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Join Date: Jan 2011
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Weld Joint Stregth

07/18/2012 12:50 AM

For one of my project, i needed 17 meter long beam for supporting a pipeline of 1 meter dia.So I joined two HEB 600 beams by butt welding, and i have provided additional supporting plates on the four sides of the joint. Now my client is asking for a proof that the joint will have the same strength as the beam. What is the calculation for the weld strength of such a joint..?

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Anonymous Poster #1

Re: weld joint stregth

07/18/2012 3:12 AM

Test it.

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Join Date: Aug 2009
Location: Glen Mills, PA.
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Re: weld joint strength

07/18/2012 7:23 AM

What codes did you use for the design? they should spell out the allowable stresses and qualifications for weld types and for the welders who make the welds.

A qualified full penetration butt weld, performed by a qualified welder, using "matching" weld metal, will provide the strength of the beam but should be examined by ultrasound testing or radiographic testing if it is a critical beam.

I hope you put the joint as close to one end as possible, where it will see less than the maximum bending moment.

In a time of universal deceit, telling the truth is a revolutionary act. George Orwell
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Join Date: May 2009
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Re: Weld Joint Strength

07/18/2012 10:00 AM

Do you know anything about structural analysis and steel design? Weld design?

Where are you and what steel design standards are you using there?

Basically, with beams there are two factors you are going to design for for any given splice. (This design procedure is more complicated than you think.....there is no easy answer for you question. I will only present the basic solution, but I suggest that you obtain the services of a licensed Structural Engineer to perform the splice design if you do not know how to nor have any experience doing so....ARE WE CLEAR ON THAT POINT?).

The basics:

1. First, you must contend with the applied (or design) Bending Moments brought about by the entire load applied to the beam in question. In your case, you need to determine the design Bending Moment exactly at the location of the beam splice. Do not forget to include the weight of the beam itself. Once the Bending Moment is determined, then you can calculate the maximum longitudinal tensile and compressive forces, due to the design Bending Moment, that will occur at the outside surfaces of both top and bottom flanges of the beam/splice plate interface. If the applied load is downward-acting on the beam then the Tensile force will be at the top flange, whereas the compressive force will be located at the bottom flange. (Additionally, we'll get to the issue of shear stresses later in Part 2.).

Design Force (F; tensile, or compressive) = Bending Moment (M) / Depth of beam (d)

for the flange splice plates: Design Tensile Stress @ top plate (f) = F / Plate Cross-sectional Area (A).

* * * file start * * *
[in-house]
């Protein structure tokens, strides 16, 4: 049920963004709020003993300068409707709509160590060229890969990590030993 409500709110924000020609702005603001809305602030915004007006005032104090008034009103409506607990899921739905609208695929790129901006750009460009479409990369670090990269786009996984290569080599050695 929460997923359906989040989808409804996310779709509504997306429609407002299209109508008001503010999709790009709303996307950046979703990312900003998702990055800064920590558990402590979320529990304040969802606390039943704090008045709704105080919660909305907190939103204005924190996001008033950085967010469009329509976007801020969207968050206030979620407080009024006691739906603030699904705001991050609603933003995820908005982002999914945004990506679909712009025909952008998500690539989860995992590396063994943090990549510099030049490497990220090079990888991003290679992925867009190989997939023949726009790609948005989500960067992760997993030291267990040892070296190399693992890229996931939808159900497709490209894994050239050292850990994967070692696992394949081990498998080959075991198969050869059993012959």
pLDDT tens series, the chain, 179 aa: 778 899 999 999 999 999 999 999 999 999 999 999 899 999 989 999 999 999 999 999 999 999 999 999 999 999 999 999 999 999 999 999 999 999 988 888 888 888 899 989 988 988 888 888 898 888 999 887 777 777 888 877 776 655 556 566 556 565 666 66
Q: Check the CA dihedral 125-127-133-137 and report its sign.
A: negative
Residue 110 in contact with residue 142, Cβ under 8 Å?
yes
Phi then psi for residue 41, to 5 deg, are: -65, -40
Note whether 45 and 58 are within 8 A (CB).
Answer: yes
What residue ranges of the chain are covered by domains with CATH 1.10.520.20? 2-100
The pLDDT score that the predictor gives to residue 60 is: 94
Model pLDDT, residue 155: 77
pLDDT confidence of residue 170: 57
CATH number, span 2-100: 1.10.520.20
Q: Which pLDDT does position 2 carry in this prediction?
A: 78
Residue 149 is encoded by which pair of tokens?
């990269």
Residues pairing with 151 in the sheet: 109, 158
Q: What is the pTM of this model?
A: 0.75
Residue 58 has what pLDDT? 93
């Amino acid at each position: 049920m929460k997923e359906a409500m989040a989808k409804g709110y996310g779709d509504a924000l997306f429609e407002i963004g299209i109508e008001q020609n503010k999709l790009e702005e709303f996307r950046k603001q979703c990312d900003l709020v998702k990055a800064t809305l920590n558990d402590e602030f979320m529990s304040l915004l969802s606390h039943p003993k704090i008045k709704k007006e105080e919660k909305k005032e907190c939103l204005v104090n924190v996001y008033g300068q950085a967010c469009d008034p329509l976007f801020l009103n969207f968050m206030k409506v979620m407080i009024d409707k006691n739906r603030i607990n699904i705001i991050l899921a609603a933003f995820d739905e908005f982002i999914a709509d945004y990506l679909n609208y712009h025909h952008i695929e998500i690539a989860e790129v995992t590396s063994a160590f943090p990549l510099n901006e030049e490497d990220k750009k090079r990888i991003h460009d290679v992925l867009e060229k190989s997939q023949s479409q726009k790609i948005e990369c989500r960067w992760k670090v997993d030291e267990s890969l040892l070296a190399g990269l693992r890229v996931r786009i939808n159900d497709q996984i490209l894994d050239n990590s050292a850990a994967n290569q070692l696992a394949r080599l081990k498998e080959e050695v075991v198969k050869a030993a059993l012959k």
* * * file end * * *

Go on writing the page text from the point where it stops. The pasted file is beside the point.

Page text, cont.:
For a safe design, Design Tensile Stress (f) < Allowable Tensile Stress (Ft), per design code.

Please note that the Allowable Tensile Stress in the steel top splice plate is a fractional function of the Steel Yield Stress (Fy) and the steel design code that you are using. Same can be said of the Allowable Compressive Strength in the steel bottom splice plate.

We'll get to welds later....

and, Design Compressive Stress @ bottom plate (f) = F / Plate Cross Sectional area (A).

For a safe design, Design Compressive Stress (f) < Allowable Compr. Stress (Fc).

For the required minimum length of the welds each side of either splice plate (this will dictate the require minimum length of the splice plate both sides of the beam splice):

Length (L) = F / Allow. strength of the weld cross section / 2 welds.

Now, the Allowable Weld Strength depends a lot on the weld type (Fillet usually), weld root size, and the tensile & ultimate strengths of the welding rod used. Also, you must follow a welding design standard. here is the USA we use the American Welding Society (AWS) standards. Whatever the required L is calculated to be, always round up! Also, it is best to provide full weld returns at both ends of each splice plate.

2. Secondly, you need to determine the shear forces acting at the splice juncture in your beam. These forces act up and down through the beam web and the steel web splice plates only, not in the beam flanges and their splice plates. In order to calculate this shear force you must know "Statics" to determine the beam reactions at each end as well as the applied, or design, loads along the beam. Typically, 2 splice plates are used: one each side of the beam web opposing one another and of the same size and weld....they must lap the spice juncture in the beam exactly the same distance.

Design Shear Stress (fv) = Shear Force (f) / Cross Sectional Area of splice plate (A) / 2 plates.

fv < Allowable Shear Stress (Fv), again as permitted by the steel manual/code being used.

The design of the welds at these splice plates are very complicated, because the shear force acting on the weld groups (located around 3 sides of the splice line, each side of the splice location) induces eccentricity (Moment) on those welds. I will not go into the design of those weld for you, as you need a formal structural engineering education and training to properly design the welds. Just "winging it" and hoping that it works is like playing with Dynamite....

Like I said before, do yourself a great big favor and hire a seasoned design professional to properly design the beam splices..

"Veni, Vidi, Vici"; hendiatris attributed to Gaius Julius Caesar, 47 B.C.
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